The other night on Twitter, I wrote:
Note to current and future colleagues: If I ever put the term ‘architect’ in my job title, I encourage you to punch me in the face.
My Twitter posts, which are public, automatically propagate to my Facebook timeline, which is private. I hadn’t considered “How will people react?” when I tweeted, and I was surprised by the range of reaction across Twitter and Facebook. It ran the gamut from “I’m amused” to “I’m surprised” to “I agree” to “I’m offended”. Whenever you have a range of reaction like this, it usually means you’re on a point that people either find interesting, or care about, or both. Given this, I decided to write my thoughts down more fully.
I don’t have a full thesis worked out in my head, so I’ll explain my feelings through a series of stories from my career.
I distinctly remember meeting Simon Johnston. It was approximately 2003 at IBM Research in Hawthorne New York, for an IBM Academy study on some software engineering topic. At the time I worked in the old Application Management Services division and Simon had recently joined IBM through our acquisition of Rational Software. I distinctly remember meeting Simon for two reasons:
- I was blown away by his degree of sophistication and articulation when he spoke about software engineering and architecture
- I remember him telling me – in a very polite way – that I was basically a bozo for calling myself an architect
At the time I was about 25 and had been out of college for two years. In that part of IBM, the career progression for software developers was well-defined: you want to get promoted out of development and into architecture. At the time, my primary work goal was always “get promoted, get promoted” so I had managed to move from development to architecture in just a year and a half. Simon’s point was that I hadn’t done anything interesting enough to call myself an architect. Also, at the time I was the breed of architect who spends all his time talking about business requirements and drawing the occasional UML diagram, while eschewing code. I don’t recall his exact words, but Simon made the point that good architects – i.e. non-bozos – are highly technical, work very closely with development, and still write important code.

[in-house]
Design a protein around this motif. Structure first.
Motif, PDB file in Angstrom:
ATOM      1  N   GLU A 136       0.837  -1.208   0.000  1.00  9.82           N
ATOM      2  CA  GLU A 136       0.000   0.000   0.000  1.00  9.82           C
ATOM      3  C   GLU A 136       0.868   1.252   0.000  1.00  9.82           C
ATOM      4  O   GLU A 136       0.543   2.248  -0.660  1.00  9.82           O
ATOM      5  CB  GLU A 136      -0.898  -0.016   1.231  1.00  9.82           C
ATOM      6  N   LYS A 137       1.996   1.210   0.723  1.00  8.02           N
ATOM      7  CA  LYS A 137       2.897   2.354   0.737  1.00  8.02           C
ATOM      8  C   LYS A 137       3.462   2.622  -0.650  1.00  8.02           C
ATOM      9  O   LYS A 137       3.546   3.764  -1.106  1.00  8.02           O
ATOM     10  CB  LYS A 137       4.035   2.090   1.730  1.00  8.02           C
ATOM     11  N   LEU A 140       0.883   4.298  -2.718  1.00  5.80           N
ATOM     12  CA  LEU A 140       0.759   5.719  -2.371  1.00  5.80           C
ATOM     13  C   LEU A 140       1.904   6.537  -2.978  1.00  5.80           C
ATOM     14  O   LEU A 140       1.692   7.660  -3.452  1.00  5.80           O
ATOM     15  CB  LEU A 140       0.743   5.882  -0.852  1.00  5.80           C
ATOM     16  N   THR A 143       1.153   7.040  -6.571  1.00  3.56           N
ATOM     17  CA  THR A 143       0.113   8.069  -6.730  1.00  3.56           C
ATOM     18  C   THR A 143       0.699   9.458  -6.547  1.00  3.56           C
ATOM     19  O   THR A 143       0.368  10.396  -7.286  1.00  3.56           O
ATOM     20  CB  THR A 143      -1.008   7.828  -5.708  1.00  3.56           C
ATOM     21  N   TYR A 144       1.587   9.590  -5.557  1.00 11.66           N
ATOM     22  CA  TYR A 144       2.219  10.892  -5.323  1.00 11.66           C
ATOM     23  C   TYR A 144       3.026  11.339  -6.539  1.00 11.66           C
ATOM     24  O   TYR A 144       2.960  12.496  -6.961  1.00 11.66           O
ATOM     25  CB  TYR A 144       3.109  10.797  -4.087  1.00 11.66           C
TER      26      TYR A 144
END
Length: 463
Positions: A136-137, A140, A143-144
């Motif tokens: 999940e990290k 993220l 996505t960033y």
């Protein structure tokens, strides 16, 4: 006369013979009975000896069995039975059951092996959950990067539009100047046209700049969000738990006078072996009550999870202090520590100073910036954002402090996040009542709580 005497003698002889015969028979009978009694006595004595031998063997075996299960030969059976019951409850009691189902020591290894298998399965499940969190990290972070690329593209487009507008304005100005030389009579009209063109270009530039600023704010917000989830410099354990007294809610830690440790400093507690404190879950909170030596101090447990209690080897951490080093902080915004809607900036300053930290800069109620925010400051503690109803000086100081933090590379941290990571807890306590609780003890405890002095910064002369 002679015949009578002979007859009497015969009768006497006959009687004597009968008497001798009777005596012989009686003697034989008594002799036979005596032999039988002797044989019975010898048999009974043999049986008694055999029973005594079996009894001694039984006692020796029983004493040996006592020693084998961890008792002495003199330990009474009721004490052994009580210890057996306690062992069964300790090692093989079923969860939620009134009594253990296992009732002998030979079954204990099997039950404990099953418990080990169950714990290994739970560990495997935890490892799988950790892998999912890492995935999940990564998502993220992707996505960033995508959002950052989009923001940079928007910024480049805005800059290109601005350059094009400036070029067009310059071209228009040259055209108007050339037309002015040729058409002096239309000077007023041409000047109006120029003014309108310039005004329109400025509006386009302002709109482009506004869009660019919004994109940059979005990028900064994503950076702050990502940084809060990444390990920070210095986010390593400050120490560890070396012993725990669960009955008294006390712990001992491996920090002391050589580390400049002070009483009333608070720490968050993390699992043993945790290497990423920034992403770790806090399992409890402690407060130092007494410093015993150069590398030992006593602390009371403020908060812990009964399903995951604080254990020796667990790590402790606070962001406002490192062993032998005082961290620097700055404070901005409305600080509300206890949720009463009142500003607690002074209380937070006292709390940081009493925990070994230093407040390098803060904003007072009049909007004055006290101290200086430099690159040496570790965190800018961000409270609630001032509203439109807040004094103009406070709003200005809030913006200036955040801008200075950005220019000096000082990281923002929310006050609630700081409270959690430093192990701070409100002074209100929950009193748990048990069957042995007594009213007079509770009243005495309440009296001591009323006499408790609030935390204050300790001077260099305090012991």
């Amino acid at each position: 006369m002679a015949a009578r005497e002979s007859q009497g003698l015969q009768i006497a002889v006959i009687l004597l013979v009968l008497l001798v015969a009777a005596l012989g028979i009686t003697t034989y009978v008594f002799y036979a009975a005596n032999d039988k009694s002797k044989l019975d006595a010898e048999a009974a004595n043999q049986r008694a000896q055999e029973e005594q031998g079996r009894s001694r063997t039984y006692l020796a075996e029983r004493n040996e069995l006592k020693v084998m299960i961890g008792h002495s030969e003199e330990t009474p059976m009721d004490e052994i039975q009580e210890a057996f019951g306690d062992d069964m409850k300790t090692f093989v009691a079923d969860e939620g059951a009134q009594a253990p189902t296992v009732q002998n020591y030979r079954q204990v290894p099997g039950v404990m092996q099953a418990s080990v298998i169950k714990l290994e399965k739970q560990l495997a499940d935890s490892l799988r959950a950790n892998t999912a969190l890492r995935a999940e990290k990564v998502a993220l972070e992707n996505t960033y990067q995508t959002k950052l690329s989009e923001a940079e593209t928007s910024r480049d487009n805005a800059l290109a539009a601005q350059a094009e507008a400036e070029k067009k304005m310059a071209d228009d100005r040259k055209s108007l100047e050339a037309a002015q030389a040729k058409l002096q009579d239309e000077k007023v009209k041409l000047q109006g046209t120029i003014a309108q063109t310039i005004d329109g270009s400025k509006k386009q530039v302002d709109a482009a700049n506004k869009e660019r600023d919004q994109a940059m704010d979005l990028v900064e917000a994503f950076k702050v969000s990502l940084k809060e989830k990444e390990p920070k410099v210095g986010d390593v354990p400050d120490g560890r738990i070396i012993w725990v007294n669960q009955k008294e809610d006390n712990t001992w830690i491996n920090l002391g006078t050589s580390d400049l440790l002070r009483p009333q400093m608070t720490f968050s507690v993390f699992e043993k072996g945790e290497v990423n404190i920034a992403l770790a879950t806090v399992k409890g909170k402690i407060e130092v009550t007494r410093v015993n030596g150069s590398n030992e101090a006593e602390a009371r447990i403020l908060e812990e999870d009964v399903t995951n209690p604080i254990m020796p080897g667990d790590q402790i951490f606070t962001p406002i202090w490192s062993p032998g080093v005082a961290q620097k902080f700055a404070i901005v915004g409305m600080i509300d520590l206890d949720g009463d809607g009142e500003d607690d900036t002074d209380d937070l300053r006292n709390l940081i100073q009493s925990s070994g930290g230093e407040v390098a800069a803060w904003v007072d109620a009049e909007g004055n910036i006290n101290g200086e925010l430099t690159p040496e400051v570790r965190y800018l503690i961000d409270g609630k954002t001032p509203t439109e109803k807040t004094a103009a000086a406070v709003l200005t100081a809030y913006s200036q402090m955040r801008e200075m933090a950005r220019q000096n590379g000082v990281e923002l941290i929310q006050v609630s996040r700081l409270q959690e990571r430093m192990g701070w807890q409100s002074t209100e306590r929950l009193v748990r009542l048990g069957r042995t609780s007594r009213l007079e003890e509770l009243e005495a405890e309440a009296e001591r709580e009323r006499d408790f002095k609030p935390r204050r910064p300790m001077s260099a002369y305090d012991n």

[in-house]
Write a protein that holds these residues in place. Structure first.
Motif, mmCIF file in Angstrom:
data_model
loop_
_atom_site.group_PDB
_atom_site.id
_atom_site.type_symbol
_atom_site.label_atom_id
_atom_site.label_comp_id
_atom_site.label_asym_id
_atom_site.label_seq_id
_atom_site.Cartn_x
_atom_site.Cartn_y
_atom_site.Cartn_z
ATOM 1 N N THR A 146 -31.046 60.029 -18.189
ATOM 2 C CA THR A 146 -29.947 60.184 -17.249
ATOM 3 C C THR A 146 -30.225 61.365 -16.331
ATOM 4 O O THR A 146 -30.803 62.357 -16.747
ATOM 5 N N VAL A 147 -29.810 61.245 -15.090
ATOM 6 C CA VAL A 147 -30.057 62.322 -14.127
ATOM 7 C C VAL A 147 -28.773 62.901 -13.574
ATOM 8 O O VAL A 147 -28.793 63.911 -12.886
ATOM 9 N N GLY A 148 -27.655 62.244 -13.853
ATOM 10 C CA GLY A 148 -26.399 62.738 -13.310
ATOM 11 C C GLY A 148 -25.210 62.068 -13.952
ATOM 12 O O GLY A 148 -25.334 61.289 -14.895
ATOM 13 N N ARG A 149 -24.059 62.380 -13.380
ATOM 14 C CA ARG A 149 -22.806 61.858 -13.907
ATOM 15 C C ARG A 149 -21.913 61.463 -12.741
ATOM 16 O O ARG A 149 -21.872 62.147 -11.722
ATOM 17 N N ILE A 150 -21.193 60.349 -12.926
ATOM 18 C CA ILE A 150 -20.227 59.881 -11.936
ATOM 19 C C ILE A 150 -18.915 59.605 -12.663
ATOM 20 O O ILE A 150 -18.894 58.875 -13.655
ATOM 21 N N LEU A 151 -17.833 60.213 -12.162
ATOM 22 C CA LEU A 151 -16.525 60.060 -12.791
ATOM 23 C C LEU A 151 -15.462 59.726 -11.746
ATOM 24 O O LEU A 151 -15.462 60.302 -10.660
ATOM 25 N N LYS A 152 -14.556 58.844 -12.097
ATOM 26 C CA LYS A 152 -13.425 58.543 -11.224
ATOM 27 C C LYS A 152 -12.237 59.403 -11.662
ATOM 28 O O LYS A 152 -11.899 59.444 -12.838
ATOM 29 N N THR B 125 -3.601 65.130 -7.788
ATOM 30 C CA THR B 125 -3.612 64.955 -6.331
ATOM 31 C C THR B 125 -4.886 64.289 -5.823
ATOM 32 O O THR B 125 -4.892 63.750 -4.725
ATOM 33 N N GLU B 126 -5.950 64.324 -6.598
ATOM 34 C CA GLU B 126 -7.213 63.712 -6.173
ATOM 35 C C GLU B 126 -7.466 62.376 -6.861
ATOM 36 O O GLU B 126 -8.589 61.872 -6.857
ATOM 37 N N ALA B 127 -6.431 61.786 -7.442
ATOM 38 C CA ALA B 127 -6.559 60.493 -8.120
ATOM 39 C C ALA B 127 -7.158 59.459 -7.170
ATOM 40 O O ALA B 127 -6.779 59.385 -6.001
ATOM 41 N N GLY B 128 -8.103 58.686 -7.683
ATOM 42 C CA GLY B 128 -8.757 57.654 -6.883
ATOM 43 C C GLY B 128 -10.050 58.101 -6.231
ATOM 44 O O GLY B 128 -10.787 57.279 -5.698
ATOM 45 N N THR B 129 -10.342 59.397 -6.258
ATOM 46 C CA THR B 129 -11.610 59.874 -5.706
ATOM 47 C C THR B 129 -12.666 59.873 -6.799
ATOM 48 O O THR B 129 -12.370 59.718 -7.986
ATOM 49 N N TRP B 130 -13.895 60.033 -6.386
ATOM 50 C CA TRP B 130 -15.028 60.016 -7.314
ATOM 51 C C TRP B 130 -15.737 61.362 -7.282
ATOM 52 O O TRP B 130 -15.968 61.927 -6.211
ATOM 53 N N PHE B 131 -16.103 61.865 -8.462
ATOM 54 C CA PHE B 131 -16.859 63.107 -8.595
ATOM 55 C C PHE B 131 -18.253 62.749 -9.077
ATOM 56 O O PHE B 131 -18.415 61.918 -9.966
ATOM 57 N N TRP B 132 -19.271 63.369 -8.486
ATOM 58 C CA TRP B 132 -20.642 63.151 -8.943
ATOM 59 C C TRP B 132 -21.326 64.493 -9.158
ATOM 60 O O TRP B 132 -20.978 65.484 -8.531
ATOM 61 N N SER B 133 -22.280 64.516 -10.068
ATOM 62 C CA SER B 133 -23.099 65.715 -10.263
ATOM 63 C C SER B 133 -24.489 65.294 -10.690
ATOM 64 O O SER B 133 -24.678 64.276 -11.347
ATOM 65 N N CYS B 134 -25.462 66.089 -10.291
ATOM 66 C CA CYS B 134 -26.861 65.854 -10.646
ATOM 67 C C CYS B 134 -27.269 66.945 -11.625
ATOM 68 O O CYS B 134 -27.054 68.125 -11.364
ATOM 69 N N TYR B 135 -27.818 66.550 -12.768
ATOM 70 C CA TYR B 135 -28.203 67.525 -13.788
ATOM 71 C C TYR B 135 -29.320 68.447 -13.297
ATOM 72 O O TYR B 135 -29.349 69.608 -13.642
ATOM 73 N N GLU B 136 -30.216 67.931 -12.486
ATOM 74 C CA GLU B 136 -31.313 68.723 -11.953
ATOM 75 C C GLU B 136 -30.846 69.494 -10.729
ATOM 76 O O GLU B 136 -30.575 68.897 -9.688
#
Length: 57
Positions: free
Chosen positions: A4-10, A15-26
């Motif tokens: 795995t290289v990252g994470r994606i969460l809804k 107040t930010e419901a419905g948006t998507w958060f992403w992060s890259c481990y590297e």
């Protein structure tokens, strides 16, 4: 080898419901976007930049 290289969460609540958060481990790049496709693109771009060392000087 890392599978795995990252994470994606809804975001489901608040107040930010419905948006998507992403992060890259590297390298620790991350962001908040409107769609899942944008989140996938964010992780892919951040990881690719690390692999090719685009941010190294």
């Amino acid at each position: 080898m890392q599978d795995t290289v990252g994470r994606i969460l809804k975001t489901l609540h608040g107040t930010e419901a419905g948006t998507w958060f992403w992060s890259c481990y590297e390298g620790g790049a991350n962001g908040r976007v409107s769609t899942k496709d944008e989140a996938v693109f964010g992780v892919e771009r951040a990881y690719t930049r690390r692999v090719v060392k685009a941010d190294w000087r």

I hadn’t thought about it until just now, but Simon’s description of architect in 2003 pretty much describes his role today as CTO of Amazon Fresh.
I had an unusual start with the Rational Jazz project, as I described a few years ago. The Jazz team were the descendants of the Eclipse team and thus OTI, a late-1990s IBM acquisition. OTI had a wonderful development culture, which I learned about once I joined the Jazz team and over time embraced fully. The Jazz team leadership had a small presentation called “OTI Culture” that distills the essential values and principles. It’s short enough to include here:
“People, not organizations, build software.”
- We succeed because of our people.
- Our culture attracts top people and empowers them to succeed.
- Our culture is the impetus for our success. Without it we could not exist.
- If it helps ship products, it’s good. If not, it’s bad.
- He who ships gets to speak.
- Do the right thing.
- Get it done or get out of the way.
- Ask: Why are we doing this?
- Having fun is survival, not icing.
- The team succeeds or fails together.
- Everything we do reflects on all of us – a matter of personal pride.
- A responsible, caring organization attracts responsible, caring people.
- When we ship, we all ship.
- You can’t build good software without emotion – you have to care.
- What the leaders are, the people will soon become.
- You do not learn by agreeing with people.
- Convictions are meant to be acted on.
Now think about these principles in the context of architects you might have known. Did their work help ship products? If you were a developer, did the architect empower you to succeed?
On Jazz, there were several people who you could call architects, even though they didn’t call themselves architects. They were John Wiegand, Erich Gamma, and Scott Rich. Each of these guys were essential to helping us ship products and each of these guys empowered developers to succeed. I don’t think it was even a conscious thing – it was baked into their DNA.